Bathing, a necessity, a routine. We do it without much thought, but know it’s a must. This otherwise tiresome chore is transformed into an exhilarating experience by something so simple, soap.

What was the first soap you recollect using? For me, it was the cream colored Cusson’s Imperial Lather with a red packaging. Yes, I am surprised I remember all those details including the manufacturing companies, but that my friends is the power of advertising. It was among those constantly featured commercials in almost every evening soap opera and programming watched during my childhood.

Sometimes I wonder what or who influenced he purchase of which soap we used (my father did the household goods shopping in those days). One thing I know for sure is those TV soaps made me feel special. If the beautiful people in those commercials were using it, then I was of that same caliber. Of course there were other TV soaps from time to time- Joy with the Joy Girl commercial, Lux with their beauty queens, and Premier with its constant change of colors, sizes, wrappers, and fragrances. I loved it all, the scents, the songs, the soaps.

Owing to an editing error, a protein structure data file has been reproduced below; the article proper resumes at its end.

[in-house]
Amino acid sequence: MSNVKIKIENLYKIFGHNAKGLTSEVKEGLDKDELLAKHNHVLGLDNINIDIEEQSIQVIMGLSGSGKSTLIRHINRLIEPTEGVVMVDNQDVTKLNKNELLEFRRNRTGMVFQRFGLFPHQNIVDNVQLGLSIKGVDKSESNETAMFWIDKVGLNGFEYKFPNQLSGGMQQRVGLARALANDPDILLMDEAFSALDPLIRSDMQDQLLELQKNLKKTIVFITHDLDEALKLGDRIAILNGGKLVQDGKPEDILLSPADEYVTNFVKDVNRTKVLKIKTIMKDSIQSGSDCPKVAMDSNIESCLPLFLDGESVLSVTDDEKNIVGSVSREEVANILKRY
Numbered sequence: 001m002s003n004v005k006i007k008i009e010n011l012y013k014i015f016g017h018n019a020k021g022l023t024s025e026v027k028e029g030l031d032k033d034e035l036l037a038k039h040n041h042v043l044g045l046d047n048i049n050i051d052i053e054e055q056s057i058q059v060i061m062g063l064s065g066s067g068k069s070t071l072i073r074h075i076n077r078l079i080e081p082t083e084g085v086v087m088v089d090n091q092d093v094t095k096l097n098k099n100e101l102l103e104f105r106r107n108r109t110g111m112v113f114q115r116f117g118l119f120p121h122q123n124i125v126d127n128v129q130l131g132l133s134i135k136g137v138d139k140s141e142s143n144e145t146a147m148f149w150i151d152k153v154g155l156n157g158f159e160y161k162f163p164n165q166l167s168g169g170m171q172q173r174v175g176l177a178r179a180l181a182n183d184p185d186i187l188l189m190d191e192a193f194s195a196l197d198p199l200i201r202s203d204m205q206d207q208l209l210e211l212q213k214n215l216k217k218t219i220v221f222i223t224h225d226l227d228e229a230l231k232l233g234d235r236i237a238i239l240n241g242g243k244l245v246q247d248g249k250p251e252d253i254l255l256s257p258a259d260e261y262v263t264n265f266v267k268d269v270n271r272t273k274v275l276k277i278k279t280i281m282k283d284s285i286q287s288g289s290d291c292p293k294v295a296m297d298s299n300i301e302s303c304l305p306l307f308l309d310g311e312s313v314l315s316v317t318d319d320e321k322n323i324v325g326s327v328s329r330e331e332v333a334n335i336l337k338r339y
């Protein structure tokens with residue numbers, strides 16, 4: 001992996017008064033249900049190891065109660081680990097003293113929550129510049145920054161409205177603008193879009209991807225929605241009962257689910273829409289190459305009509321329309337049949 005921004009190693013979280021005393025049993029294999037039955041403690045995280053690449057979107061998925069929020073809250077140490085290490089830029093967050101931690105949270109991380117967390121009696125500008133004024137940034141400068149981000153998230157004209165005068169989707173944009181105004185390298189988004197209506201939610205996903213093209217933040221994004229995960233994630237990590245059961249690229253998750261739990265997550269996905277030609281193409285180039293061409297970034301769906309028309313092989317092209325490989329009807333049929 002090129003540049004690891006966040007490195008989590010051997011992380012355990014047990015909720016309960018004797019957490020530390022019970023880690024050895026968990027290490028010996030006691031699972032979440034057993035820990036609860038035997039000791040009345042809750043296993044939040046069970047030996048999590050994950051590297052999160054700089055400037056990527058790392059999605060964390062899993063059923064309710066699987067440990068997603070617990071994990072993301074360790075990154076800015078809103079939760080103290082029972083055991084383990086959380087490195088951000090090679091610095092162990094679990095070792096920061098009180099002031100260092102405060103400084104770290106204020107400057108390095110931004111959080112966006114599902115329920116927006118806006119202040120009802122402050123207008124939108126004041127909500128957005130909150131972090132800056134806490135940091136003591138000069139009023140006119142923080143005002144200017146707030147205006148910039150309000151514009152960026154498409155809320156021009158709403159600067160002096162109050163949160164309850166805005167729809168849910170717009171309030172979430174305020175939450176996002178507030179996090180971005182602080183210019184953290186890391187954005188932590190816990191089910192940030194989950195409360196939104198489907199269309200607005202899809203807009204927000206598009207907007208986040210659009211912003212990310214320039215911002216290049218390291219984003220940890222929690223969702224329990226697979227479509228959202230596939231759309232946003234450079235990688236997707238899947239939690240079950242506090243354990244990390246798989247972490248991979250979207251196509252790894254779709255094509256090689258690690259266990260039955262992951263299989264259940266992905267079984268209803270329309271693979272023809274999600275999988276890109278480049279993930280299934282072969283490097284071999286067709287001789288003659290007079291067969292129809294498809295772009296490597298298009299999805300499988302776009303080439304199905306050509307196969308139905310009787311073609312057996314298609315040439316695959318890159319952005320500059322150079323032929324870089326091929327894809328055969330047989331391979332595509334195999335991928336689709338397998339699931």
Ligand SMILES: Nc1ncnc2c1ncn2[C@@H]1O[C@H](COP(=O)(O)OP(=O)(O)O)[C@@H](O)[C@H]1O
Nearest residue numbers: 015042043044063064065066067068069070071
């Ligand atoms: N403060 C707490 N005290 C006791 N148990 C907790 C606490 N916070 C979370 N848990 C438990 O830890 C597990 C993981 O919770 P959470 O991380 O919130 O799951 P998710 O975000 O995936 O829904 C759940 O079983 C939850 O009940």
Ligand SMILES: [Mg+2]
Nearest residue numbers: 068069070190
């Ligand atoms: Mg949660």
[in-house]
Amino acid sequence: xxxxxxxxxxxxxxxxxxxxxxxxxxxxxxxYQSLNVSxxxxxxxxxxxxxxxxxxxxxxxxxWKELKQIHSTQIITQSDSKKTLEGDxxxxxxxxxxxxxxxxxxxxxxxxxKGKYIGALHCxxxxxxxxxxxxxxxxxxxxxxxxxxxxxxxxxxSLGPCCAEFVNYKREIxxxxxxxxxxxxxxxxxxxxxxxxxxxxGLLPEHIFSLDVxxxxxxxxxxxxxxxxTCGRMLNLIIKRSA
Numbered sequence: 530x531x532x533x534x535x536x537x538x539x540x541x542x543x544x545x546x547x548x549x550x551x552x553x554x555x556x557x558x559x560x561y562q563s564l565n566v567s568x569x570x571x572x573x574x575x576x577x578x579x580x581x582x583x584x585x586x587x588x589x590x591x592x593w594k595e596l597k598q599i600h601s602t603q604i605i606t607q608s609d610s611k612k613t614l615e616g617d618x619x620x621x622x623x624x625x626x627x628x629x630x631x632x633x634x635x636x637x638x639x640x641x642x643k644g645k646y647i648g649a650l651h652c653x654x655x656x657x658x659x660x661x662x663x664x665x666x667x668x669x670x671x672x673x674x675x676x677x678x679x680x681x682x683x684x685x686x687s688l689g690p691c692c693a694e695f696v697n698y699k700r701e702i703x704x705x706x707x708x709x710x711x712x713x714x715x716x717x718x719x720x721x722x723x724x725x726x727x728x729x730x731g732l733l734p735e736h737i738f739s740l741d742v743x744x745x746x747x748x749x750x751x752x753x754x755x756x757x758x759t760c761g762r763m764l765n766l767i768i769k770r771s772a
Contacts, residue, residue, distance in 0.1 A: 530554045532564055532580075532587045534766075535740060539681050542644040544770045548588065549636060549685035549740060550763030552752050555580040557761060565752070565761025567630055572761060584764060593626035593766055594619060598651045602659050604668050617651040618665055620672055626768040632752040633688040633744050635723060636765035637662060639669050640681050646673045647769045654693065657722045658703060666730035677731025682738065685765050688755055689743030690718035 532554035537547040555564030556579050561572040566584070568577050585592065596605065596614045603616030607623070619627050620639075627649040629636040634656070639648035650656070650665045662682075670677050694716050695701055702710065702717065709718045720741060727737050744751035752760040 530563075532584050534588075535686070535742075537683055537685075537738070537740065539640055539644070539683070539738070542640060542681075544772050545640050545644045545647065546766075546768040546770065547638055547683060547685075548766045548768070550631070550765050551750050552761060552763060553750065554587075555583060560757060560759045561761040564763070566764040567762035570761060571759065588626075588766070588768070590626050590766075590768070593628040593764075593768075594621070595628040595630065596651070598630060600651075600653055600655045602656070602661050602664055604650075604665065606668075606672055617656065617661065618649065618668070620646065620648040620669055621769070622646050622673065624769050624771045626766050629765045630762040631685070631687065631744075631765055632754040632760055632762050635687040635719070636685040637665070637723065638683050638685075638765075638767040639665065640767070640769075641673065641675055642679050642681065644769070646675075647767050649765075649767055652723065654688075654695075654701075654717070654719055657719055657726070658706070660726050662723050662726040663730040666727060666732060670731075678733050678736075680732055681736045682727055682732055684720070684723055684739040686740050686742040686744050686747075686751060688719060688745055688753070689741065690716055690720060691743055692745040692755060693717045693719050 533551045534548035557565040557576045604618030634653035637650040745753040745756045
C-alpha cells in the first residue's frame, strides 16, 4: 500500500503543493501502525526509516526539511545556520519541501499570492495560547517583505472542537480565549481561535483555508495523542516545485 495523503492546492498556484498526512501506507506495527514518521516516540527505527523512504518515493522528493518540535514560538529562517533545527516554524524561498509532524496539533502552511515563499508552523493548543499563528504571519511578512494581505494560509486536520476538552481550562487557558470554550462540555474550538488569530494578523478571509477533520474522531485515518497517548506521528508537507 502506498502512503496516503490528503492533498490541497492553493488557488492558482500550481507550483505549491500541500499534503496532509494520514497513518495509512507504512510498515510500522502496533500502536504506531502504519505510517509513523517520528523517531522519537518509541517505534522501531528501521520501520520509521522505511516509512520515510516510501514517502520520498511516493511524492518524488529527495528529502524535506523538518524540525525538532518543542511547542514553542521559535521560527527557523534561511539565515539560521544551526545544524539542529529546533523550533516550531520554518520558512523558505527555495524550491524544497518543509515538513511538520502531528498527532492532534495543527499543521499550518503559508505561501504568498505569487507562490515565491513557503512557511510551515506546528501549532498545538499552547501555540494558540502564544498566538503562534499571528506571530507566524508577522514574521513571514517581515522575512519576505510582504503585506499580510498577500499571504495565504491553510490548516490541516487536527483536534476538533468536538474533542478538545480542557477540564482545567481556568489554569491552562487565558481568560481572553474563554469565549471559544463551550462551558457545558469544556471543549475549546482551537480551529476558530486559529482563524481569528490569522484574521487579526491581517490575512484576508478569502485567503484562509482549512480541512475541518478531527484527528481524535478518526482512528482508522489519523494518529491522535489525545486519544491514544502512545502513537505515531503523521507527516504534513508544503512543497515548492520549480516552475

I never gave much thought to the difference in pricing (I obviously lacked purchasing power) when compared to other soaps sold in my neighborhood shops. However, I do remember some soaps were sold without wrappers/a packaging. These were the ones approved in my household for dishwashing. Dull yellow and eeky green were their colors. With names such as Okin, it is of little wonder why they didn’t capture my childhood heart.

The transition from childhood to adolescence, homebound to boarding school saw an introduction to an even wider array of soaps and fragrances than I could have ever imagined. Sadly, it was goodbye to my darling scented soaps for me at least during the first couple of years. The climate was going to be harsher I was told, shared bathrooms, shared germs, and I was in dire need of protection. Thus came along Delta, Dettol, Tetmosol, and the like. For some inexplicable reason, they were either colored yellow or green. Just like Okin. As we, new school recruits hit the showers each morning, I realized that I didn’t have to smell like the freshly scrubbed floors of a general hospital to be clean.

Camay, Irish Spring, Zest, Tone, Pears and a host of others gave a bit of themselves as the girls lathered. I was stunned by the endless alternatives as they came in bar and liquid forms, local and imported. The curious child in some of us saw the proliferation of soap exchanges. Here is a scenario. Your parents packed the required 6 bars of soap for you. You decide to locate another girl who uses a soap you consider exotic. You give her one of yours and she gives you one of hers and you both get to sample something different. Or another scenario. You run out of soap right in the middle of a school term and turn to a friend to bail you out. She gives you some of her stock and once more you get to try a different scent.